HE:  Okay, so if we can’t really project numbers, by the end of first term, if he’s going along the path he’s going along, we’re going to have effectively nationalized healthcare, we’re going to have effectively nationalized the automobile industry, we will have a significant chunk if not more than we can imagine of the banking industry owned by the government, and with healthcare we’re going to be sending our claims forms to Rahm Emanuel.  Is that where this is all going?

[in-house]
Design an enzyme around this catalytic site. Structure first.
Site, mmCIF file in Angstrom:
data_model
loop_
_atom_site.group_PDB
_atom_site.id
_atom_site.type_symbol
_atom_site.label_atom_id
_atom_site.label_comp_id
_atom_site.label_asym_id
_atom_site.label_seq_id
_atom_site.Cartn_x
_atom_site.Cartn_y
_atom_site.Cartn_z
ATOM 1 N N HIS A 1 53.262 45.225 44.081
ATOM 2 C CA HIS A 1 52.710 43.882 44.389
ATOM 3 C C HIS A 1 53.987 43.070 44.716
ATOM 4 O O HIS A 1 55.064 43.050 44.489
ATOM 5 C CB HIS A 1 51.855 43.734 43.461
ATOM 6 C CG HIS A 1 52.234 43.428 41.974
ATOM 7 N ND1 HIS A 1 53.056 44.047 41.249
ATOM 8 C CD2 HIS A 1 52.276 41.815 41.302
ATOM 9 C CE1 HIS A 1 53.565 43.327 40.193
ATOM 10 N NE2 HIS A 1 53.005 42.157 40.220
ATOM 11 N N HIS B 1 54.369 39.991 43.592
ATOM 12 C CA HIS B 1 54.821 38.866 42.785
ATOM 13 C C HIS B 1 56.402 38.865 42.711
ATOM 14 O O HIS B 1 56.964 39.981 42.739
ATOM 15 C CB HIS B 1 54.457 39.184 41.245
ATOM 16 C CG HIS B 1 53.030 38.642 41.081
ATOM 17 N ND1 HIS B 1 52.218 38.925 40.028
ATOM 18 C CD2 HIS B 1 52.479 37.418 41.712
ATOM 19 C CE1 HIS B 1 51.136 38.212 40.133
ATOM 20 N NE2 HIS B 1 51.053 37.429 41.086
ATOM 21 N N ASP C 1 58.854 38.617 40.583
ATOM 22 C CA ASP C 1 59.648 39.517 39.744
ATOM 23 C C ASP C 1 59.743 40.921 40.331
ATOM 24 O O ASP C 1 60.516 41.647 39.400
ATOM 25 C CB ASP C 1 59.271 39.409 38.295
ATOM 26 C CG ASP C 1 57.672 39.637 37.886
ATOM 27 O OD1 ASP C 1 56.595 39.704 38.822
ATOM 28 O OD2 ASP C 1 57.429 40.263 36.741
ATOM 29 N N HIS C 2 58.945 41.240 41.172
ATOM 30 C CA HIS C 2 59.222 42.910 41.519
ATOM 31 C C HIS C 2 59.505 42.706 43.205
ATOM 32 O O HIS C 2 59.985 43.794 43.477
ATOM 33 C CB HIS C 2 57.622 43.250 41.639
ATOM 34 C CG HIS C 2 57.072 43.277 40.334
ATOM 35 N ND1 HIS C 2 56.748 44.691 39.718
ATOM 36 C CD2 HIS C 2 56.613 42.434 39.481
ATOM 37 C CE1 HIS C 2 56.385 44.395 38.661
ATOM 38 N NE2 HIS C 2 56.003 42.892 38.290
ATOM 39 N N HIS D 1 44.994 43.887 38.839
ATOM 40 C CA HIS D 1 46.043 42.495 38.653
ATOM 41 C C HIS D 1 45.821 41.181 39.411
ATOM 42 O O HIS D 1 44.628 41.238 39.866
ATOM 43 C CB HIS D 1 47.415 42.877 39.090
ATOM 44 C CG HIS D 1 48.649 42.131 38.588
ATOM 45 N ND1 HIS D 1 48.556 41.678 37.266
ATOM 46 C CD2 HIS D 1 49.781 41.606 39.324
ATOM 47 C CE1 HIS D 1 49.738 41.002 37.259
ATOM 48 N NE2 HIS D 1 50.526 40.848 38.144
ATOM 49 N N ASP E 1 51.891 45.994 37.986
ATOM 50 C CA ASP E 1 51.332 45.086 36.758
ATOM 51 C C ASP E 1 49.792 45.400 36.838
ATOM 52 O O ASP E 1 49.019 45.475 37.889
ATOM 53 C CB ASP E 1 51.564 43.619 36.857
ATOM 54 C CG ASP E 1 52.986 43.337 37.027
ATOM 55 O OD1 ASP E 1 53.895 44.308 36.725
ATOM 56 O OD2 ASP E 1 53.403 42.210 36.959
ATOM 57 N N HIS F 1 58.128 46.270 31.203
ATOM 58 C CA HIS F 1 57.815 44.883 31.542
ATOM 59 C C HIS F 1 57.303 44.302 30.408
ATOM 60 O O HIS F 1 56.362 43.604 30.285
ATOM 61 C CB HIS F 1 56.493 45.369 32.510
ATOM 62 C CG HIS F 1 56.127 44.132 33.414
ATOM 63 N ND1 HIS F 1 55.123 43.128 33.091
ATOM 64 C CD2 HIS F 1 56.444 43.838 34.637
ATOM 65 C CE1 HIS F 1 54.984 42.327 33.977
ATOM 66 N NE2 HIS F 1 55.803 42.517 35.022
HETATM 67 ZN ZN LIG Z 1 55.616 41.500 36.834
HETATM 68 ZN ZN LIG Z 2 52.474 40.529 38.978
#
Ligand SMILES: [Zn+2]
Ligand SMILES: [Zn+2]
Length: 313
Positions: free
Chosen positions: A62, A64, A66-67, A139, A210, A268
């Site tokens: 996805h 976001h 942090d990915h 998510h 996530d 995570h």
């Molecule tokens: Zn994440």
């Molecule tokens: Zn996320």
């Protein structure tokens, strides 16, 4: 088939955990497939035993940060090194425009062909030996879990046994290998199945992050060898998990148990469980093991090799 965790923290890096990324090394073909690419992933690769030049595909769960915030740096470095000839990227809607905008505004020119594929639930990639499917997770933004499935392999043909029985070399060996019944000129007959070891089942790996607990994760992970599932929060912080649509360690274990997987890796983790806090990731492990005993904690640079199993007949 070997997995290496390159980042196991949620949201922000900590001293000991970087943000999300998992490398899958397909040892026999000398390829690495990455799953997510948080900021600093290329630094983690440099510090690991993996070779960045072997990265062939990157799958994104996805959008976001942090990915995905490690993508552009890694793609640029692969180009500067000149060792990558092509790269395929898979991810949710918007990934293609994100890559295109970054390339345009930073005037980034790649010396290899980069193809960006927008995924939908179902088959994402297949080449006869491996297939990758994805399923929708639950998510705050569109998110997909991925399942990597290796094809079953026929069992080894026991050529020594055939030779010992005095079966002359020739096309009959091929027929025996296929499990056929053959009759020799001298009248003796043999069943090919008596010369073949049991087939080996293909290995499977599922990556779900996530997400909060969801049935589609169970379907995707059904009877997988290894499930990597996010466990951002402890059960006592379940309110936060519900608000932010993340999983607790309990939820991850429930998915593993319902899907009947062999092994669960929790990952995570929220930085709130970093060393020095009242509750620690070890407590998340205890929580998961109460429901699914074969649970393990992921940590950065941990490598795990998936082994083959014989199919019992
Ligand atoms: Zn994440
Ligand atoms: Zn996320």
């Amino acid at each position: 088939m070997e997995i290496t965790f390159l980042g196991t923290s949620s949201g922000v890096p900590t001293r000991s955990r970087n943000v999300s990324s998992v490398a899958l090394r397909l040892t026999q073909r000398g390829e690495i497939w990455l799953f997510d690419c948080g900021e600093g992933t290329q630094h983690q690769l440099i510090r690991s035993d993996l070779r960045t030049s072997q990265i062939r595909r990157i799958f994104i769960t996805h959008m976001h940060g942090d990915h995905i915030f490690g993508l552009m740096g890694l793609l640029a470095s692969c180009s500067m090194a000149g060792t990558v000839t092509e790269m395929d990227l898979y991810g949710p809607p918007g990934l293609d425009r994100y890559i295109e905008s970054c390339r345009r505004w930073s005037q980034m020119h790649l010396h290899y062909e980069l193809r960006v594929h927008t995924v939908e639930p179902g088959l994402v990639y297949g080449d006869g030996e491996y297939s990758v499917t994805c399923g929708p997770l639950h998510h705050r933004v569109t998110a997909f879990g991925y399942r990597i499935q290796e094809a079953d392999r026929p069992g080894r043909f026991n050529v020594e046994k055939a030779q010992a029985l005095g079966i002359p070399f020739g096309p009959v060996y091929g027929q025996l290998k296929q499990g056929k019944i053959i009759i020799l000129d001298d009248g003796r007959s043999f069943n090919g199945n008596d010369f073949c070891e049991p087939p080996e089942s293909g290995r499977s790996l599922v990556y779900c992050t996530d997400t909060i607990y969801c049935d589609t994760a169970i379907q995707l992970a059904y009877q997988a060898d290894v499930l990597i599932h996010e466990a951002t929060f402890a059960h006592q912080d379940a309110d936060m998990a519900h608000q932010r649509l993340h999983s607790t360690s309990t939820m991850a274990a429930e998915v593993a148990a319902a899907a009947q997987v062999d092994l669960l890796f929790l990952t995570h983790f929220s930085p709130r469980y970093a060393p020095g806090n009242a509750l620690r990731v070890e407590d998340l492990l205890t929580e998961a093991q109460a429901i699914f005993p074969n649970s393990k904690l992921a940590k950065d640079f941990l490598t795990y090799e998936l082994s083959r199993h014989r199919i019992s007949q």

RYAN:  Yeah.  The banking thing is too early to say but that’s the trajectory.  I don’t know what the exit strategy is; I have yet to hear someone define the exit strategy on the banking thing.  At the end of the day this is what I call a wholesale replacement of the American system of government, of the American ideal where we equalize opportunity for individuals, but have a limited government, a free enterprise system, dominated by self-determination and liberty and freedom and we replace it with the European notion of equalizing the results of people’s lives.  That, to me, is what’s happening here.  I call it the third great wave of progressivism building on the first two ones:  the New Deal and the Great Society.  A new layer of progressive policies layered on top that they’re going to have to fund with much more taxes than they’re even articulating right now, new benefits, mandates and entitlements, and at the end of this administration the size of our government will be appreciably higher, much higher than it ever has been and it will require much higher levels of taxation, will have inflexible labor markets, will have whole sectors of our economy micromanaged or effectively nationalized by the federal government and we will be a stagnant economy.  Our living standards will go down.  Our unemployment rate will be chronically higher and we will look like Western Europe.  Those are the seeds that are being planted right now.  It’s our job to sound the alarm bells on that and to provide an alternative to show that we can fix today’s problems without having to do that.